I have looked forward to this for a few months.  In Fantopia, where everything is perfect, we adorn ourselves in flannel grays and reds and caps with earflaps and we load up in the truck.  We sing Christmas carols on the way to the woods where we trek through the snow to find the perfect Christmas tree waiting just for our family.  We hold hands and encircle it, singing Oh Christmas Tree, Oh Christmas Tree, with wide smiles on our faces.  

Then we chop it down, while posing for a family picture that would later be sent out in Christmas cards to friends and family near and far.  After we get home, we drink hot chocolate while listening to Christmas carols on the radio, the house warmed with fire and love.  

In Reality, this is what happened instead:  We had no matching flannel grays and reds or hats with flaps, we barely found everyone’s jackets.  We loaded up in the truck, along with a pink ladybug potty seat, since EK hasn’t learned to squat in the woods just yet.  We drove way too far and way too long to find the perfect Christmas tree.  EK sat in her seat and complained the whole time, arguing with Ashlynn and fussing when she touched her carseat.   We trekked around in a little bit of snow, not finding a tree even close to perfect.

So we loaded back up in the truck and drove some more all the while analyzing trees.  Too short, too tall, too thin, too scraggly.  Let’s get out and check that one out.  Nope.  How about that one?  Nope.  Finally we agreed, more from exhaustion than satisfaction on a small little tree with a split trunk.  Thankfully EK had fallen asleep by this time and we were all breathing a sigh of relief,  but unfortunately the family photo op didn’t happen with her in it.

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Once home, we couldn’t find the tree stand because obviously I’d thrown it out in one of my decluttering stages.  After one run to Walmart for a tree stand, we discovered we didn’t have any working lights, so back to Walmart again.  JDub went to work on the tree.  He trimmed it up, cut it off, and dug out an old bird’s nest.  And then it took a good long while to put the tree in it’s stand without tipping over.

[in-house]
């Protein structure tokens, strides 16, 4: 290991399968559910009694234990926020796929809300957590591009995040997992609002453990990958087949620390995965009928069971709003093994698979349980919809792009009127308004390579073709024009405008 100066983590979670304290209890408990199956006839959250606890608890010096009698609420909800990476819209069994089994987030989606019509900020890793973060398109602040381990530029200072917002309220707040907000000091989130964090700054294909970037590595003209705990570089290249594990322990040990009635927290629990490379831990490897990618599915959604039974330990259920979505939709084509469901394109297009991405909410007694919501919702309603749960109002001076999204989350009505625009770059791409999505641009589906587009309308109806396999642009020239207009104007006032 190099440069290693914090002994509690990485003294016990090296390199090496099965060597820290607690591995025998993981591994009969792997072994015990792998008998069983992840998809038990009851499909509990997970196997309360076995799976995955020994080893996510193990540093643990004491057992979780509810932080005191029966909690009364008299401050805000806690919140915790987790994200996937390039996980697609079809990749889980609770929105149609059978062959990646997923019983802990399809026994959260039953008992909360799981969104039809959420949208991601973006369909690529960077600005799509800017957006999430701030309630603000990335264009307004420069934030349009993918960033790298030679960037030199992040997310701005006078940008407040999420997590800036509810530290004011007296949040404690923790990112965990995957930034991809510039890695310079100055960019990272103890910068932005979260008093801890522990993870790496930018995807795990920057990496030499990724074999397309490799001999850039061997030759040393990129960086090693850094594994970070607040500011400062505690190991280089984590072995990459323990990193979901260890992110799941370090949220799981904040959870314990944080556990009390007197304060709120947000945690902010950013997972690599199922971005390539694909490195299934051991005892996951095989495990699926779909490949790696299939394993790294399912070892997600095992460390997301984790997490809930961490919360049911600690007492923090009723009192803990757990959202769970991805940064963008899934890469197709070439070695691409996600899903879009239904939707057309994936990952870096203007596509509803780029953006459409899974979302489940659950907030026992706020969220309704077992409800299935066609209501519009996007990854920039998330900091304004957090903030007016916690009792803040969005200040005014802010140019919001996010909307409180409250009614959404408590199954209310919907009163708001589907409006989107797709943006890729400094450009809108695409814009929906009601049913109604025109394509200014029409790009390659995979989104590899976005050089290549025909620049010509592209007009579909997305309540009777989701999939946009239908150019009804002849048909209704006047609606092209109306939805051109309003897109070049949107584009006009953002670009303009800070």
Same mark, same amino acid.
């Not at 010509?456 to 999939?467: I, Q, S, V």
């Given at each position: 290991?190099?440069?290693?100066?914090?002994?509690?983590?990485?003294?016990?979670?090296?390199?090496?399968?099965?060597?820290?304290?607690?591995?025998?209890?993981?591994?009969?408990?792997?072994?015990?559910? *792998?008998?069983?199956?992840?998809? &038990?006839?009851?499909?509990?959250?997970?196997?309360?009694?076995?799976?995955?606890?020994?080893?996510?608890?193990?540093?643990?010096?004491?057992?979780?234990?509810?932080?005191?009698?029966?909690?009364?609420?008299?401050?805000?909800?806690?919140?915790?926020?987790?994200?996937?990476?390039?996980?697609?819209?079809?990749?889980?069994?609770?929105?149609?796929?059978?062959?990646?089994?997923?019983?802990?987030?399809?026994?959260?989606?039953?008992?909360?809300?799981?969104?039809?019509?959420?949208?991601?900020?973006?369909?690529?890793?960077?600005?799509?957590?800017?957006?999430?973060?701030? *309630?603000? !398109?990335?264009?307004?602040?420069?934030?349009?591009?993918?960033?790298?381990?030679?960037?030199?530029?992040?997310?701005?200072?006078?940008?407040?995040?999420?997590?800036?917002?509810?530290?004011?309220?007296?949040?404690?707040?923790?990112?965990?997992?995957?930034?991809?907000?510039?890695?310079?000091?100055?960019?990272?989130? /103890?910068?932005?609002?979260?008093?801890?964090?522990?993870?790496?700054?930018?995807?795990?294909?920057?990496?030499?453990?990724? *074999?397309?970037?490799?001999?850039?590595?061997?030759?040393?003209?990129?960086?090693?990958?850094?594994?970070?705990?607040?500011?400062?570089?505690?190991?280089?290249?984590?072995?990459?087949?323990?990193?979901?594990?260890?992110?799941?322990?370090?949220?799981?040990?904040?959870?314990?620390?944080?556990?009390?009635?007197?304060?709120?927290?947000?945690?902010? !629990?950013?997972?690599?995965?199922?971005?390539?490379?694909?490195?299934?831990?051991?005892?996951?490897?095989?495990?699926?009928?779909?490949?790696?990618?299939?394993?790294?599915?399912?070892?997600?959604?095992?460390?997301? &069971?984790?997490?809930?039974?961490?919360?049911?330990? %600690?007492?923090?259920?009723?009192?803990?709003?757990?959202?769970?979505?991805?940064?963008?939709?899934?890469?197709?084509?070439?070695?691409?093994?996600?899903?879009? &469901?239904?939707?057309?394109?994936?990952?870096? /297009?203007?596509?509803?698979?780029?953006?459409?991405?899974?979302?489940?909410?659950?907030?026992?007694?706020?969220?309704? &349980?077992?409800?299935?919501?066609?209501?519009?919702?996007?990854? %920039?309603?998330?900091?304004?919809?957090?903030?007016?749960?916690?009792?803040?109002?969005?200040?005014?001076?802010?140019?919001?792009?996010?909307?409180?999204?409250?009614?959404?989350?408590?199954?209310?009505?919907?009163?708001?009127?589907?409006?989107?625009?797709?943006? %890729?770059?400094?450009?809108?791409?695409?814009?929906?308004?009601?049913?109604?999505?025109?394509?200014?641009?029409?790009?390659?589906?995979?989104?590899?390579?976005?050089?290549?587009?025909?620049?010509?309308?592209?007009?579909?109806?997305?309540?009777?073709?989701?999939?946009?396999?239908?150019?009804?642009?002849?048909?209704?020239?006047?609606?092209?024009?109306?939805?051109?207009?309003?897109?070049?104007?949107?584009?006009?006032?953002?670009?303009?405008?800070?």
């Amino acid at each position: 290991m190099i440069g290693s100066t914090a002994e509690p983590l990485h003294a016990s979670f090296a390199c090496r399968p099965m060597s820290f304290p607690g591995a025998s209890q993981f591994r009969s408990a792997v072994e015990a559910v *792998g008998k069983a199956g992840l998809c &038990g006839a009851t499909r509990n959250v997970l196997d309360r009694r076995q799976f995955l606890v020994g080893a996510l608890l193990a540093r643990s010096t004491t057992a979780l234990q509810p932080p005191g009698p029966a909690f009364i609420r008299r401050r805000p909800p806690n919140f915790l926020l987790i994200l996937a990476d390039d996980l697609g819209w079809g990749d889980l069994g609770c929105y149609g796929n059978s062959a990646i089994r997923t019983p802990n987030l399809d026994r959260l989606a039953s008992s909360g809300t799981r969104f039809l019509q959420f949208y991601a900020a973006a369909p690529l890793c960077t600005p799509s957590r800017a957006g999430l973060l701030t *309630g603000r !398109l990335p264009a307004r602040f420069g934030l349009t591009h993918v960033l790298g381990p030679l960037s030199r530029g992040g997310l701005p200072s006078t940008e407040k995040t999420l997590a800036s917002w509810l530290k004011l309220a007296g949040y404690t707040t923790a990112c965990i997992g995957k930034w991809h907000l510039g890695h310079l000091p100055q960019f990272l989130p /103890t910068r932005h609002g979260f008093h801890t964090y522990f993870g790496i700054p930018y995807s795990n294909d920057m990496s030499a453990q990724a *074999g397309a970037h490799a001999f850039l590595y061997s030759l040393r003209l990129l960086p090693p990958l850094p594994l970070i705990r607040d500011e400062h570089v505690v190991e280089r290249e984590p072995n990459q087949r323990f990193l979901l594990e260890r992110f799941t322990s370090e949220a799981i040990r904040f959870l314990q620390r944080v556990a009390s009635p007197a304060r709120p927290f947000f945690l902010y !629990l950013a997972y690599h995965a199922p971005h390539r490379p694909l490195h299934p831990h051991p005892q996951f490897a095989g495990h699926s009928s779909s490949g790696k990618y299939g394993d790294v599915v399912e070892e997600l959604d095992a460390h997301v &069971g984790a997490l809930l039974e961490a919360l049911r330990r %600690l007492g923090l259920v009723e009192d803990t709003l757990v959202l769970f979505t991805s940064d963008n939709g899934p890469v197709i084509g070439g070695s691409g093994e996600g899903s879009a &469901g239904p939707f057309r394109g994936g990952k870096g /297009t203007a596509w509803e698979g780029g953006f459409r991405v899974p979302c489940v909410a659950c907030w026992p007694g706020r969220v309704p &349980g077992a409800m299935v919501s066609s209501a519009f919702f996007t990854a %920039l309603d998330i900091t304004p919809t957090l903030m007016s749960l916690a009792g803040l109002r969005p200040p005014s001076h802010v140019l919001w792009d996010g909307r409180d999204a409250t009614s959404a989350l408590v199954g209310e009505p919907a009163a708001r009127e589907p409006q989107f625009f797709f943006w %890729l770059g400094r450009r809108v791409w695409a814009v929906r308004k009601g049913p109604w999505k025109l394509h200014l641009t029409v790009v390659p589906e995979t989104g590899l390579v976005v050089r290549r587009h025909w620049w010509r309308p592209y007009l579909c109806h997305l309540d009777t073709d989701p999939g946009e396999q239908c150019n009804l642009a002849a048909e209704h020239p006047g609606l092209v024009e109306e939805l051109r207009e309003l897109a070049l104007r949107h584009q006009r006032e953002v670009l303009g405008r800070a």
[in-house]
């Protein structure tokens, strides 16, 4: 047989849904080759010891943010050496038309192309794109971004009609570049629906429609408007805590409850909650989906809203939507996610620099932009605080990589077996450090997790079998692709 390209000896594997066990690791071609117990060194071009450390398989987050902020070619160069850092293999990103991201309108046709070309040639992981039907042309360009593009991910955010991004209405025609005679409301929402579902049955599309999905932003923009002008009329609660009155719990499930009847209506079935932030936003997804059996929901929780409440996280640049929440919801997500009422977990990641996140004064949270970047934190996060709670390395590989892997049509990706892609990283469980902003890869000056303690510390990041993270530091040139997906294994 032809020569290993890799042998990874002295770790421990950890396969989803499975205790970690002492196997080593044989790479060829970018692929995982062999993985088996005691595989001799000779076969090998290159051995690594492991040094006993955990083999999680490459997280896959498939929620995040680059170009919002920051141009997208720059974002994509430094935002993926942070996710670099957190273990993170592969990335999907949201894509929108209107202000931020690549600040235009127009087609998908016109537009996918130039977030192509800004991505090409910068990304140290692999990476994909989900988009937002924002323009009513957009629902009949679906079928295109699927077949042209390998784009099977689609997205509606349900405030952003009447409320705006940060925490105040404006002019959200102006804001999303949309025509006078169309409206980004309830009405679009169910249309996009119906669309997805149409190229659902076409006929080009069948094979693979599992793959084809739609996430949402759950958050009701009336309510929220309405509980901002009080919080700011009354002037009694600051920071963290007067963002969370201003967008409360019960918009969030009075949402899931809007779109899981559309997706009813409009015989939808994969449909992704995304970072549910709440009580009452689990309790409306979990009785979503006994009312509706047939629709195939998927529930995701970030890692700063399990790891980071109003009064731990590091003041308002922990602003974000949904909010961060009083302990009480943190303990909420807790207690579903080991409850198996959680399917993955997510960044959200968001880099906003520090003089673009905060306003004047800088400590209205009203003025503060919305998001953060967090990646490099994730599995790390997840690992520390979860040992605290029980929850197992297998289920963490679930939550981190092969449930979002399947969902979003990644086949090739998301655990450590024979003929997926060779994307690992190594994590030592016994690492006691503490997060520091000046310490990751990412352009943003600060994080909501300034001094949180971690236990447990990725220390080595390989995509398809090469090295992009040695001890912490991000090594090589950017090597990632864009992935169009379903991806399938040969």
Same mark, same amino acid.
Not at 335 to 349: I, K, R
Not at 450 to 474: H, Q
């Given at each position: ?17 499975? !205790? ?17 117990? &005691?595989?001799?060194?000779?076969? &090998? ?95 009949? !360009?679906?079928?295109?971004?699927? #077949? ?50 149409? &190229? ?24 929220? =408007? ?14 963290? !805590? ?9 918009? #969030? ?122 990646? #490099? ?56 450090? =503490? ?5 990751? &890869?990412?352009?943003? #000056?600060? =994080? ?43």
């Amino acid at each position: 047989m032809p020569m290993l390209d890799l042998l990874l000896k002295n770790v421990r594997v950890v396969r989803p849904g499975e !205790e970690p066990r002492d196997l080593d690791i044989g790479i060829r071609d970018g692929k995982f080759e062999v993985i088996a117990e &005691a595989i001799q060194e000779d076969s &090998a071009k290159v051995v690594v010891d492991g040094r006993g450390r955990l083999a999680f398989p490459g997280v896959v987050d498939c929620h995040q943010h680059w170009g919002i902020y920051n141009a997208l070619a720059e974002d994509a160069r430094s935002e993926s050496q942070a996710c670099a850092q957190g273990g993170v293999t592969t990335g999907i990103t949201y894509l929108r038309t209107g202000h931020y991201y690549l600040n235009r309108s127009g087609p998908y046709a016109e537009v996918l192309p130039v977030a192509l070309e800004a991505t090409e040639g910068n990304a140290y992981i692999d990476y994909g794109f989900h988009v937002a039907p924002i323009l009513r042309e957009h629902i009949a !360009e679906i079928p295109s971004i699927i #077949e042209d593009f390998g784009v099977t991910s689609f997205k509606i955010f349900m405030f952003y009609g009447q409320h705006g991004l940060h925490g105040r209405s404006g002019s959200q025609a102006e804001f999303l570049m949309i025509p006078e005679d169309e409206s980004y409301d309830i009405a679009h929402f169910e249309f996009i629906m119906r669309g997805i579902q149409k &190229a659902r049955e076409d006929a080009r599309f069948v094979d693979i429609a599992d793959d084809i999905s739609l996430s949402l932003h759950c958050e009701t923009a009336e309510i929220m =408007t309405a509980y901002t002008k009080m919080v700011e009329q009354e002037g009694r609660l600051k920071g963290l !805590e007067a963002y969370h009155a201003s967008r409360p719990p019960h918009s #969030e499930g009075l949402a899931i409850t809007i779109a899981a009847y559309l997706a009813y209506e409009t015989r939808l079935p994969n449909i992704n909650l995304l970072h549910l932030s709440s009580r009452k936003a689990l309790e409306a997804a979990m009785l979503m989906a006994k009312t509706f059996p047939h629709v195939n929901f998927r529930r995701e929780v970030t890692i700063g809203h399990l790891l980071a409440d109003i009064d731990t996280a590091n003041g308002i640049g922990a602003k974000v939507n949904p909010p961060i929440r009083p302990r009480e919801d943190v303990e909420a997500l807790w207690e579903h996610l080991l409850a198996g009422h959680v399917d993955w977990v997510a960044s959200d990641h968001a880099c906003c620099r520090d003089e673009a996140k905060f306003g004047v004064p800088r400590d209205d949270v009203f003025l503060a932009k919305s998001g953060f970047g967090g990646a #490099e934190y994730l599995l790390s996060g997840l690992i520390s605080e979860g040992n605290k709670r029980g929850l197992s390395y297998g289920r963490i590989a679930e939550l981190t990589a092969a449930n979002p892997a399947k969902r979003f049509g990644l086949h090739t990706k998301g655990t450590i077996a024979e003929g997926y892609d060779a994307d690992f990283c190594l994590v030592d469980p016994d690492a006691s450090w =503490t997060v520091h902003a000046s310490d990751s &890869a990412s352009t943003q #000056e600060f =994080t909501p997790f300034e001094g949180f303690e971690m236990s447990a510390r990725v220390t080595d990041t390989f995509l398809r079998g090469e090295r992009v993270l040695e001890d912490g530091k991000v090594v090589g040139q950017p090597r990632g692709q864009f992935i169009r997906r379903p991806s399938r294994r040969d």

It is a monstrosity!  Here’s a tidbit:  A small tree in the forest is a big tree in your living room.  It may look small out in the big old wilderness next to behemoth pines, but indoors next to the Lazy Boy, it’s quite impressive.  It’s got one side that’s bare and one side that looks pregnant.  It’s crooked and crazy.  Some limbs grow up, some grow down.

Instead of the family joining together and decorating, I did it begrudgingly, realizing much too late that we should have said to heck with family traditions and put up the dadgum prelit Christmas tree sitting in the garage with its tree stand tucked safely in its green vinyl bag.

So while everyone in the world displays and enjoys their perfectly shaped trees with color coordinated ornaments, I give you our tree with no lights on the top because there’s no way I could have reached it even if I had enough lights to put on it, with its hodgepodge mixmatched ornaments from way back.  It’s not pretty, it’s not decorated well, the bottom strand of lights flicker on and off sporadically, and it sticks out nearly to the front door.

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But after all the hoopla, today I have to say it’s kind of growing on me with all its imperfections.  It’s like so many of us.  Messed up in all sorts of ways.  But that’s the way it was created, just like us.  So instead of looking upon it with contempt,  I embrace this messed up tree and rid myself of the perfectionistic attitude that society forces upon me as to what our Christmas tree should look like.

It is what it is.

And so am I.

‘Tis the season.